She does not seek to understand the Church's teaching on any subject with which she does not agree, including the ordination of women or homosexuality, and in so doing mischaracterizes the Church's views on these issues. She says that a 1979 meeting at the Vatican on the role of women in the Church was "greeted with revulsion," and that "Despite the rhetoric of love and truth, the Vatican shows disdain (if not disgust) toward gays." Townsend is silent on the President's opposition to same-sex marriage. Townsend herself does not show much interest in either love or truth.

Townsend asserts: "For Obama, respectful disagreement and a willingness to recognize differences was the animating spirit of the presidential campaign, and it was central to his Notre Dame speech." The President may respectfully disagree with others on such matters as abortion and embryonic stem cell research, but the result is not simply one of disagreement. Rather, the result is setting in place policies that promote his positions on these matters. Townsend's contention that the President's path is more compassionate than the Pope's is simply naive at best, disingenuous at worst.

After her litany of polls, Townsend ends her article: "The pope has a lot to learn about Catholic politics in America. Barack Obama can teach him." What she does not seem to grasp is that the Pope is not in the business of American politics, but of shepherding souls. Fortunately, the Holy Father quite clearly discerns that distinction.

Such attempts to use American Catholics as political pawns will not end any time soon. We should take this opportunity to commit ourselves to bolstering the efforts of recent years to catechize Catholics better, from the pulpit and from the pew. The better we know our faith, the better we will be able to see through such pandering, and then we can get on to meaningful political discussion of how to address the issues of ethics and social justice that challenge our nation.

Monday, July 13, 2009

Dedicating July to the Precious Blood

I was not aware of this, but July is dedicated to the Precious Blood of Jesus. It appears that there was a Feast of the Precious Blood prior to the 1969 calendar. At one time it was the first Sunday in July, at another time it was July 1. In 1969, the feast was combined with Corpus Christi, which now commemorates both the body and blood of the Lord.

Catholic Culture has a good article on this with some excellent links on the topic. The links include:

The Chaplet of the Most Precious Blood - I had not come across this chaplet before, but I think that this would be a very good devotion that I would like to take up. We have such wonderful devotions in the Church (such as the Rosary, the Stations of the Cross, and the Seven Last Words of Christ on the Cross) which allow us to contemplate significant moments in the life of Christ and how we can enter into those moments.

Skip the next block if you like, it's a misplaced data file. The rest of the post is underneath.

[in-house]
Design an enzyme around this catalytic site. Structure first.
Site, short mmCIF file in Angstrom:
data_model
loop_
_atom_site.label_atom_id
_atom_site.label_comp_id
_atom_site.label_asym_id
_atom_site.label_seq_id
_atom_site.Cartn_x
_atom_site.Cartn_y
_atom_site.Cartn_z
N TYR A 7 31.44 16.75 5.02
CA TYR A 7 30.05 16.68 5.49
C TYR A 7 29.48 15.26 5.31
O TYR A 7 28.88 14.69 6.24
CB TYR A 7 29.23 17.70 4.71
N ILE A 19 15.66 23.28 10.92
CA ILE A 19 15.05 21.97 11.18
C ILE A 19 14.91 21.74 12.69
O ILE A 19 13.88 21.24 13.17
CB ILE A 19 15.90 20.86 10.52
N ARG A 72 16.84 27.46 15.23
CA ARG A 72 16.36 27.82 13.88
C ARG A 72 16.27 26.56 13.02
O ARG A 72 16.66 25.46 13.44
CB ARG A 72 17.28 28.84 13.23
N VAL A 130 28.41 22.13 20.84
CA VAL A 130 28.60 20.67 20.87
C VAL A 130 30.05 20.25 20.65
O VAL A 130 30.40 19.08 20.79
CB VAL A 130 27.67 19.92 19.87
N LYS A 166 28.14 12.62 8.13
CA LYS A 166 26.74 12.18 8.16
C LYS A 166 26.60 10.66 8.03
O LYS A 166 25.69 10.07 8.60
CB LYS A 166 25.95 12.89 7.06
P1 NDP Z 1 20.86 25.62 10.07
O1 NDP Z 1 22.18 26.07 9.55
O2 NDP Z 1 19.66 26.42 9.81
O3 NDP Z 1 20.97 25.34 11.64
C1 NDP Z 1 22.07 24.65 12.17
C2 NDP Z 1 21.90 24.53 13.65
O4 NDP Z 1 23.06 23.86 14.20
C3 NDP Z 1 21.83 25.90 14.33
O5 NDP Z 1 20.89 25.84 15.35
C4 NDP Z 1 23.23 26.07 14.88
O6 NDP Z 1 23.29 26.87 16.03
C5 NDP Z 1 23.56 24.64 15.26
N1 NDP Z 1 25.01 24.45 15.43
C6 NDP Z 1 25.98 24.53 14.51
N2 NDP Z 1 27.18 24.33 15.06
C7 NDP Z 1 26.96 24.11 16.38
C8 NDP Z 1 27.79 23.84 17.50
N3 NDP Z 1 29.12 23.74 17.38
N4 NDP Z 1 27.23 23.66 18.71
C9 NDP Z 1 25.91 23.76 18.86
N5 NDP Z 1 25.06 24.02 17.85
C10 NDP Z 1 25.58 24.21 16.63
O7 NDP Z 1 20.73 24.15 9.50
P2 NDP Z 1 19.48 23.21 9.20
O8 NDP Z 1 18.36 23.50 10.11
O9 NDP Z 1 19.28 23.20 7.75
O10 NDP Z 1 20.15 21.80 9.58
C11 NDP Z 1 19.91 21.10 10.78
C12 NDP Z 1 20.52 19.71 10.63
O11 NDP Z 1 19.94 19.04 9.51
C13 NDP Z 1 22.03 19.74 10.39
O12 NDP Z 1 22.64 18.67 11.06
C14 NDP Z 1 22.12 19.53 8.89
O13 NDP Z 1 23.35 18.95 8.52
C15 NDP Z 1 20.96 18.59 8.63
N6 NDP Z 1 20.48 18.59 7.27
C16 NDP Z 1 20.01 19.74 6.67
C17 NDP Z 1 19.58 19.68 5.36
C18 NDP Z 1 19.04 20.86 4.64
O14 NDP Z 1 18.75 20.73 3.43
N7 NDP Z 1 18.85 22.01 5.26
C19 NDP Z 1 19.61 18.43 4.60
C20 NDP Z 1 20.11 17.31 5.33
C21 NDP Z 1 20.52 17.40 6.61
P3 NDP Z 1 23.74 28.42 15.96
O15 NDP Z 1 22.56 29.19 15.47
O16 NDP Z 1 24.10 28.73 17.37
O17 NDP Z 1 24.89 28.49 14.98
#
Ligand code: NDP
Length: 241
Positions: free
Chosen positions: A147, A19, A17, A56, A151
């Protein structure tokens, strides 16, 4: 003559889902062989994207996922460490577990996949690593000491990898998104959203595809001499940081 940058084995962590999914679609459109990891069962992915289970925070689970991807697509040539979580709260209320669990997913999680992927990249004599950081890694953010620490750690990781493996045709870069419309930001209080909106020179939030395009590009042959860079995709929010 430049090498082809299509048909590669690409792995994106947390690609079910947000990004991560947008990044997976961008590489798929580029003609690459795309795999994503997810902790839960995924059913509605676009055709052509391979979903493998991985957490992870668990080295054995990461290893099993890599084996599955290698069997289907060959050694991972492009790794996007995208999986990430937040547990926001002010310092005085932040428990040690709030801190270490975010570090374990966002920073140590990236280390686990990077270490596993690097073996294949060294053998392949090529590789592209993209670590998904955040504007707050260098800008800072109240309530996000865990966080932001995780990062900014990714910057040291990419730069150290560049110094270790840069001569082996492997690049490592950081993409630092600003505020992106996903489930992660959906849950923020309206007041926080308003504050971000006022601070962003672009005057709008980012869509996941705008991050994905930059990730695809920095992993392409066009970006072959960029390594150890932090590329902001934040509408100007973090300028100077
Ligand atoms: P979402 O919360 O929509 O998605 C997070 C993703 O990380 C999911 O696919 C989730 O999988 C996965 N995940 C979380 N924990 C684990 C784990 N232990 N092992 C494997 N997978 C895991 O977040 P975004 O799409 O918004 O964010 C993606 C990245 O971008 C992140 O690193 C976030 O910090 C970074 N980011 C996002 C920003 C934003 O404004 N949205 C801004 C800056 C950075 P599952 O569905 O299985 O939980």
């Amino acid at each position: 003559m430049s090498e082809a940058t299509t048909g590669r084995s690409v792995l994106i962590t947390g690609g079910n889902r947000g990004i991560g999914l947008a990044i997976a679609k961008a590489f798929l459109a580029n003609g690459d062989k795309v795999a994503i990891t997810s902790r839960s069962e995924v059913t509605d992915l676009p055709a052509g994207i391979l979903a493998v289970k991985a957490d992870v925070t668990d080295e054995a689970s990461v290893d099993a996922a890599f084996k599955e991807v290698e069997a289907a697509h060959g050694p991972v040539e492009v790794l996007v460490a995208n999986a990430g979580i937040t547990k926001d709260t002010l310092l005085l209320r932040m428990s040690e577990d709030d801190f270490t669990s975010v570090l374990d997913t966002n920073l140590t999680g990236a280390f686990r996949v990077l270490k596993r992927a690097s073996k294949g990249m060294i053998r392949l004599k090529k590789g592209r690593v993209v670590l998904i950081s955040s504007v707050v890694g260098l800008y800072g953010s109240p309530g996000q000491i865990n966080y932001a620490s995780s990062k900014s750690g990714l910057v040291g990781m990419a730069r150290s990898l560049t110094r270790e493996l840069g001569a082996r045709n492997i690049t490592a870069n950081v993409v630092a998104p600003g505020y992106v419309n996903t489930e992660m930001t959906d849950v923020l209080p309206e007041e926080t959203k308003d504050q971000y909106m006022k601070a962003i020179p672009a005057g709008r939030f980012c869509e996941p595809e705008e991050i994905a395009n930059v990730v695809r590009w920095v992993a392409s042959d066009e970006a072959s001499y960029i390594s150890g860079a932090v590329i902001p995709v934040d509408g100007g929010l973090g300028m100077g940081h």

Litany of the Blood of Christ - In the past I did not much care for litanies; they seemed monotonous and mindless. It was not until I really began praying the Rosary in earnest, in understanding how sound and rhythm can initiate and enhance contemplation, did I begin to see the value of litanies. We used this litany at our parish's Corpus Christi procession.

Pope John XXIII's Document Promoting Devotion to the Precious Blood - There the Holy Father notes how when he was growing up, his family would recite the Litany of the Precious Blood every day in July. He makes a moving exhortation on the role of devotions in our faith life:

"Now among the cares of our pastoral office, venerable brethren, we are convinced that, second only to vigilance over sound doctrine, preference belongs to the proper surveillance and development of piety, in both its liturgical and private expressions."

That is a sobering and hopeful contrast to the World's usually contemptuous use of such terms as "pious devotion," intended to indicate either hypocrisy or naivete.

Pope John Paul II's Message to Those Devoted to the Precious Blood - There the Holy Father said: "How could we ever fail to recognize the value of every human being, when Christ shed his blood for each one without distinction?" This is an important reminder, in light of Pope Benedict XVI's Caritas in Veritate, that Christ's Precious Blood makes all human life precious, which speaks to how Catholics and all people should act as regards life issues such as abortion, contraception, in vitro fertilization, and embryonic stem cell research, as well as social justice issues such as hunger, economic opportunity, human labor, and poverty.

Here are some other interesting related entries at various sites:

Saint Louis Catholic (Latin version of the Litany of the Precious Blood)

Vultus Christi (Pope Benedict's comments on the Feast of the Precious Blood)